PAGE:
Signals and international alliance formation: The roles of affiliations and international activities
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- Reuer, J. & Ragozzino, R. J Int Bus Stud (2014) 45: 321. doi:10.1057/jibs.2014.3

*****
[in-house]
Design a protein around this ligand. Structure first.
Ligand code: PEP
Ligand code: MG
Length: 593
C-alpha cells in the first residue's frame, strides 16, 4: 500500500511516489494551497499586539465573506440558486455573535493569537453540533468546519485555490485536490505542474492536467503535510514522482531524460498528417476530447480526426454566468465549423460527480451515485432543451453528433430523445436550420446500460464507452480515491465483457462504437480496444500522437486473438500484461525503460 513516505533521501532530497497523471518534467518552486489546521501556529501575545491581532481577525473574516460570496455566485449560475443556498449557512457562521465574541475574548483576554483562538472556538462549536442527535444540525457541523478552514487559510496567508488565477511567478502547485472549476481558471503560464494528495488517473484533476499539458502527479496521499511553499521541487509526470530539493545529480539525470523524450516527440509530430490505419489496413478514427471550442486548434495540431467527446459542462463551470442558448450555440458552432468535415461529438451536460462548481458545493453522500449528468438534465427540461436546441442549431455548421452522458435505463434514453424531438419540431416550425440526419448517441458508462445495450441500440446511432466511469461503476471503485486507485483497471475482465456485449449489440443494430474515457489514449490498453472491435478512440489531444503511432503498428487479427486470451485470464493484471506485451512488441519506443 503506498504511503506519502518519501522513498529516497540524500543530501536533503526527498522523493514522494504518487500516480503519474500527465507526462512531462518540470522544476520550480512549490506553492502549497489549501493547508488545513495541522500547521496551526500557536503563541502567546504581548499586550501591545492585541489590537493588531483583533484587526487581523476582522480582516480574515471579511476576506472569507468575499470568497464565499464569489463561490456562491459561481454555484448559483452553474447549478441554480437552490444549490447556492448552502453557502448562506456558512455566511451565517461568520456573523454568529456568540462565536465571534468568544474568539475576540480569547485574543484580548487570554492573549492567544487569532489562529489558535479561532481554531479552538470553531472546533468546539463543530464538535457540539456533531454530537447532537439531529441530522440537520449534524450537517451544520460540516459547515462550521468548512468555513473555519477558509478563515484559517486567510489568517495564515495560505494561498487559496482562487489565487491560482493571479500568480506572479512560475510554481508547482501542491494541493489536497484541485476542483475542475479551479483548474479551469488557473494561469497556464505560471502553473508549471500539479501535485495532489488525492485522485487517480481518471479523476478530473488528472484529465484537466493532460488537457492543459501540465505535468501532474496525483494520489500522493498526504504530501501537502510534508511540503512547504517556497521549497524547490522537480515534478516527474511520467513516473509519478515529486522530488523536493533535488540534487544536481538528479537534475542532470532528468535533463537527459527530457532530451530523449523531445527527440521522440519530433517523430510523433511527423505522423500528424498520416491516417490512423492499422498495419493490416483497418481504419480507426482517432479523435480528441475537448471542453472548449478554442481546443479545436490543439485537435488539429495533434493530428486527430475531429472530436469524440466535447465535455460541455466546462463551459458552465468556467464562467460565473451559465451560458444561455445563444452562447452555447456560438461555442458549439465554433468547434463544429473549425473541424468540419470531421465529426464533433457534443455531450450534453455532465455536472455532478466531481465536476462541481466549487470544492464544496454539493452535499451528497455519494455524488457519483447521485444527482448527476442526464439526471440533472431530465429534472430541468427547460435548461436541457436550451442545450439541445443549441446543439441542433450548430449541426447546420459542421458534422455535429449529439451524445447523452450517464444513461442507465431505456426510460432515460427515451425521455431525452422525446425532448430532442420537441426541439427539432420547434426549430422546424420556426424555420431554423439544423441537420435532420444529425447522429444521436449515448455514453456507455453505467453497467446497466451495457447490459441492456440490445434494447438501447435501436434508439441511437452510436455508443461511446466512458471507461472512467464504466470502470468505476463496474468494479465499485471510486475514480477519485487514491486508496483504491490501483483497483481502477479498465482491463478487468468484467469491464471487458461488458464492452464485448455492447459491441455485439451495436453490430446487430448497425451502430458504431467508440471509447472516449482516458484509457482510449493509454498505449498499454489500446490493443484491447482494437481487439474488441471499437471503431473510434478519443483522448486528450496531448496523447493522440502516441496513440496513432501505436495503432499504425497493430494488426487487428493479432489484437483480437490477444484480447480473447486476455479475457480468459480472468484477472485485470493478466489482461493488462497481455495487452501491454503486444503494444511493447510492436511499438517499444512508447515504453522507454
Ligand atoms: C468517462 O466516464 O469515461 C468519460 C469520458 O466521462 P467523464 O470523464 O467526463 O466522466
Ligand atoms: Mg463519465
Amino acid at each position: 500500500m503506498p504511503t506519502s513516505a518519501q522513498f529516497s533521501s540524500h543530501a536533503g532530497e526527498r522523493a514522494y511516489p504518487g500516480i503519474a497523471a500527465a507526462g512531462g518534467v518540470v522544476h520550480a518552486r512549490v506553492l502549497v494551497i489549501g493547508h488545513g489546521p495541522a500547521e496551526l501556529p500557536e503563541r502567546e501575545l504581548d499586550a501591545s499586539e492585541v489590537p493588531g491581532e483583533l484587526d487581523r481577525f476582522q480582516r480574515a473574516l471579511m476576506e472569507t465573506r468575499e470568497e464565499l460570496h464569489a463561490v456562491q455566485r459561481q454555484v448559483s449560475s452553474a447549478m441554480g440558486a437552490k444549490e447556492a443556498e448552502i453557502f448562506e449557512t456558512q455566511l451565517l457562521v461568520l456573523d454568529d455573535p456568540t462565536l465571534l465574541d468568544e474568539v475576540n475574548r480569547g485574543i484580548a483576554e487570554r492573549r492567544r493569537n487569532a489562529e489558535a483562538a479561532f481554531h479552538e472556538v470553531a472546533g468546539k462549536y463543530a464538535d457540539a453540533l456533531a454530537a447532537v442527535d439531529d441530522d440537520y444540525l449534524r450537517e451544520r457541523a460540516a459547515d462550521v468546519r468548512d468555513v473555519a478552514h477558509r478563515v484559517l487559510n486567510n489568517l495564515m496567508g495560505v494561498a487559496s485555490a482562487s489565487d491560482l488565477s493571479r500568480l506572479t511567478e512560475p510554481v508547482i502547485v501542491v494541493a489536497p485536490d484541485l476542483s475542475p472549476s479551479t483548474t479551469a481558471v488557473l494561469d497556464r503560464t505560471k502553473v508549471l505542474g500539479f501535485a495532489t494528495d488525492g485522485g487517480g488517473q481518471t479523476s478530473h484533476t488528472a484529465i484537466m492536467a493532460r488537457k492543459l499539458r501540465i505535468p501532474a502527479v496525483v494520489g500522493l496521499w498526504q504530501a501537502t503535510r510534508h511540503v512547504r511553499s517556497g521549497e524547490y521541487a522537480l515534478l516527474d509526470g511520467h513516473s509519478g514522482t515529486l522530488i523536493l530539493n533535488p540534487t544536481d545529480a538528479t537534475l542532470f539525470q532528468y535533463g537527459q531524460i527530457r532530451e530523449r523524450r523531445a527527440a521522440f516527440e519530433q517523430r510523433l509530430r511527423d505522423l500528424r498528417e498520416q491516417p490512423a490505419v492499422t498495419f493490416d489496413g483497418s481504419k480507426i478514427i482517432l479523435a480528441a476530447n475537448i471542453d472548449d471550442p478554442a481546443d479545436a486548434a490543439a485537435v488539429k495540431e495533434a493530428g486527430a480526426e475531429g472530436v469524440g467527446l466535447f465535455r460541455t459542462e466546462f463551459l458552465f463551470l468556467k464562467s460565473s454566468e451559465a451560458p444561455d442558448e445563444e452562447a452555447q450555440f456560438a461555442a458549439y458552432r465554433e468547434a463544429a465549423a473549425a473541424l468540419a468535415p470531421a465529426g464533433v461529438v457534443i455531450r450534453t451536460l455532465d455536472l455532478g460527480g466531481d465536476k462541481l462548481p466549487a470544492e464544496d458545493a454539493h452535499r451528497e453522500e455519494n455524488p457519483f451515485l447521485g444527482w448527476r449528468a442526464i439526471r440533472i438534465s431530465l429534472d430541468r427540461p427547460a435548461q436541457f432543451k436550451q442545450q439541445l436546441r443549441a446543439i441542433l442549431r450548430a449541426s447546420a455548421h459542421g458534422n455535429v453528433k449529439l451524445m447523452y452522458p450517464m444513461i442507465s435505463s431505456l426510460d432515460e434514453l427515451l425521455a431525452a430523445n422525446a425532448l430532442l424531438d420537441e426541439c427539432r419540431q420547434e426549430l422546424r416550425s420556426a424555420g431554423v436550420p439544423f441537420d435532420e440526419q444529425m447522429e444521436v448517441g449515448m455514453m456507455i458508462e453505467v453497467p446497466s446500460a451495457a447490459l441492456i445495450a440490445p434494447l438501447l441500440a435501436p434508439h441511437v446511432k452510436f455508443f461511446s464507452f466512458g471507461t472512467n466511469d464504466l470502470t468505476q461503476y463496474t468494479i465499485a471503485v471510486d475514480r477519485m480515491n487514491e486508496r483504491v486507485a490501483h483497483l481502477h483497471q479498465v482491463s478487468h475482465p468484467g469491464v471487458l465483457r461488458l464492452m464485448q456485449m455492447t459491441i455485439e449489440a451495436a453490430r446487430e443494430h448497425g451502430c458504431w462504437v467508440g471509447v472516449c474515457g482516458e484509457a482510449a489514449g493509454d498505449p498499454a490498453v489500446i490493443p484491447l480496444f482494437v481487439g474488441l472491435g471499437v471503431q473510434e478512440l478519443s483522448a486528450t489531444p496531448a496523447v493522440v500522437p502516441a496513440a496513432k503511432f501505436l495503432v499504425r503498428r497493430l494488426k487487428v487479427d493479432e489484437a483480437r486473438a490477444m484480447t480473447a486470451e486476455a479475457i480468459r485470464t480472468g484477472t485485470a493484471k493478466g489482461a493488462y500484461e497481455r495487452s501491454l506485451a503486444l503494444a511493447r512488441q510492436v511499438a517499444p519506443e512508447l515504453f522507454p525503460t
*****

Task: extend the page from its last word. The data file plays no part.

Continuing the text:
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This paper extends signaling theory to the study of firms’ international alliances. Signals can be valuable in facilitating these collaborations because they reduce the risk of adverse selection surrounding cross-border partnerships. We specifically investigate whether firms’ affiliations with prominent financial intermediaries enable the formation of international collaborative agreements. We also argue and find that the signaling benefits of these affiliations diminish with the firm’s engagement in international activities, which can function as alternative signals by which firms convey the quality of their resources and prospects. Examining firms’ cross-border activities helps to identify new and important signals that are unique to the international setting. Moreover, this also helps contextualize prior theory and findings that exist in the domestic setting on the effects of affiliations with financial intermediaries such as venture capitalists and investment banks. We conclude that signaling theory offers a promising addition to existing theories of international alliances and other cross-border activities. We contrast some of the main arguments and predications of signaling theory with other theories used in international business, and we emphasize the research opportunities that exist for employing this perspective in international business studies in the future.